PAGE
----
Bangkoks earlier than expected announcement of its intention to issue seven-year baht bonds by the end of the first quarter hardly dented last weeks rally of baht government bonds.
The local bond market actually rallied strongly, with 10-year yields moving from 5.8% to 6.10%. Mostly this was due to the 50 basis point (bp) Fed cut on 31 January, as well as a downward reduction of Thailands 2001 GDP growth forecast to 4.5%.
The rally found supporting parameters from the favorable auction results of government bonds and Financial Institution Development Fund (FIDF) bonds. The average yield of the LB157A auction on 31 January, for example, was 5.65%, roughly 37bp lower than the 17 January auction.
The yield on long-term government baht bonds dropped up to 55bp on some tenors. The 10-year yield, for instance, has been lowered to 4.32%. The spread between the short term two-year and the long term 10-year bonds has also tightened to 150bp. This has been attributed to the fact that bond players view substantially lower risk for the Thai economy in the long run.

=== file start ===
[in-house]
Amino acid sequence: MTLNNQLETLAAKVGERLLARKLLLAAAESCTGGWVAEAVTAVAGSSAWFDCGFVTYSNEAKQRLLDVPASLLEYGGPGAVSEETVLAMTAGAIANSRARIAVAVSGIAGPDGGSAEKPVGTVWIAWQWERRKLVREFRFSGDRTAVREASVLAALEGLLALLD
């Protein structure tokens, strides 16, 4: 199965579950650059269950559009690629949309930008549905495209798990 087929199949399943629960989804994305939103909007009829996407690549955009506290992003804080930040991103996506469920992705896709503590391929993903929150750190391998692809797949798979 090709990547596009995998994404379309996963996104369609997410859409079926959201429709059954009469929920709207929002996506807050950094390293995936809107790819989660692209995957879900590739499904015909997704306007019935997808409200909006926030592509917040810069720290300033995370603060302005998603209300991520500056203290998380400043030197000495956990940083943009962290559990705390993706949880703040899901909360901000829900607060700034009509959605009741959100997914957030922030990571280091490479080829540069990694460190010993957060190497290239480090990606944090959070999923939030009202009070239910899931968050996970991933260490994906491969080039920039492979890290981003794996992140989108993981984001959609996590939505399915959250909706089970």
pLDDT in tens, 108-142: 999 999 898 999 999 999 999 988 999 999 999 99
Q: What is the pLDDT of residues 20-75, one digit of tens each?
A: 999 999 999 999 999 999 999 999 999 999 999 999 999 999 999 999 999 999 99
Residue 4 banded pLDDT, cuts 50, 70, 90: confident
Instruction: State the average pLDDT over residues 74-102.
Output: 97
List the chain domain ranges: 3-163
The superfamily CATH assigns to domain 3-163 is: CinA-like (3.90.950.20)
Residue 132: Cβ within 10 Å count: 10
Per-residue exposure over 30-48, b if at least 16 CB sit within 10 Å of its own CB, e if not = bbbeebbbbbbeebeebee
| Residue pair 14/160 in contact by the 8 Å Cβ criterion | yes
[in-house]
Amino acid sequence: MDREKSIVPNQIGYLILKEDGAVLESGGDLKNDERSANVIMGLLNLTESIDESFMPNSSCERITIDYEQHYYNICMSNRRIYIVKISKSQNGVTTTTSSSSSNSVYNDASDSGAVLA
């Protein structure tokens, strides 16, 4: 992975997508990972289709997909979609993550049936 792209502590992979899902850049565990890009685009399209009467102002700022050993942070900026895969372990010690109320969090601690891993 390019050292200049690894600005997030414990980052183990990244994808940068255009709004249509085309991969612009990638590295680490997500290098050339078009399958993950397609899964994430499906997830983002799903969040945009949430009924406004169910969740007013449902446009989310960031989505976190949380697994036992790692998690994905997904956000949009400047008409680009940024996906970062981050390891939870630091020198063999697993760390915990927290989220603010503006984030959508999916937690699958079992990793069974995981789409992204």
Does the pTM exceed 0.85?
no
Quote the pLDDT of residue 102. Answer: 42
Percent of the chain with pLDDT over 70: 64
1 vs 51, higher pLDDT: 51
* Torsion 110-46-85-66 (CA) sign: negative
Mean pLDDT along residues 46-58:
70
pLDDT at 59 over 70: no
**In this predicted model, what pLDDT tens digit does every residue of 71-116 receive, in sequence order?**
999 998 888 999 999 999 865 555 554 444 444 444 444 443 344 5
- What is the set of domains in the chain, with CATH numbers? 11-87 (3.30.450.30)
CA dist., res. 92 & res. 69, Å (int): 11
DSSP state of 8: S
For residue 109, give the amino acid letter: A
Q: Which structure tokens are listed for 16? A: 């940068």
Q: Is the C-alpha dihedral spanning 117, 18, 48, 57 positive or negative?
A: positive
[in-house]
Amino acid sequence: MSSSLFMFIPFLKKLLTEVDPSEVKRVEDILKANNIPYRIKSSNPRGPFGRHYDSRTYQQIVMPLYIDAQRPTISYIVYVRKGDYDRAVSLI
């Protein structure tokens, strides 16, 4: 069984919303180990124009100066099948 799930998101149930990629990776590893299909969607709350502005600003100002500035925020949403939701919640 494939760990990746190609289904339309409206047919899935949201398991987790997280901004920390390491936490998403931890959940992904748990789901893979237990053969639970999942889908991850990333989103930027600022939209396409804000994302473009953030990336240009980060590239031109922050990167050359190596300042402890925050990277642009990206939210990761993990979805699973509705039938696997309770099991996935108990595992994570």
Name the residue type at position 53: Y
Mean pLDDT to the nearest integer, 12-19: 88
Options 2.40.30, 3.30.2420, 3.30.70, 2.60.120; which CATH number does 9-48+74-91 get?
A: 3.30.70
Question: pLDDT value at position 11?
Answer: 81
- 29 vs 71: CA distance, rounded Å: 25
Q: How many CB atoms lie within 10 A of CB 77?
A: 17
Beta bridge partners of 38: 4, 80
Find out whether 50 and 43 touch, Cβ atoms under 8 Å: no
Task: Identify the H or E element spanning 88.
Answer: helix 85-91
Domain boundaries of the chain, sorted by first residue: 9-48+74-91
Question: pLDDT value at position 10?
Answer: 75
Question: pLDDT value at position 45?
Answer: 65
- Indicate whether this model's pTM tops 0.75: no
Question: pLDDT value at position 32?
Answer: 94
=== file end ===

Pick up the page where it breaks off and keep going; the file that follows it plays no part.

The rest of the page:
While last weeks rally is thought to mark a peak, a bear market for baht bonds is not expected, however. Many believe that if projected growth rates are lowered from current estimates of 4.5% for the second half of this year to 3%, the 10-year yield could drop faller as inflationary fears dampen.
A Merrill Lynch research report concludes, on the other hand, that the current low 10-year yield may already reflect a clearer picture of the political issues, the downward forecast of this years GDP growth, and the expected local deposit interest rate cuts.
Two factors can prompt a bear bond market, namely a new administrations measures to manage non-performing loans (NPL) in the Thai banking sector, and surplus bond issuance.
Many believe that the new administrations electoral promises can only be achieved by borrowing from the markets. Among the first tranche in the pipeline is Bt20 billion ($469.5 million) in seven-year bonds to be issued this quarter.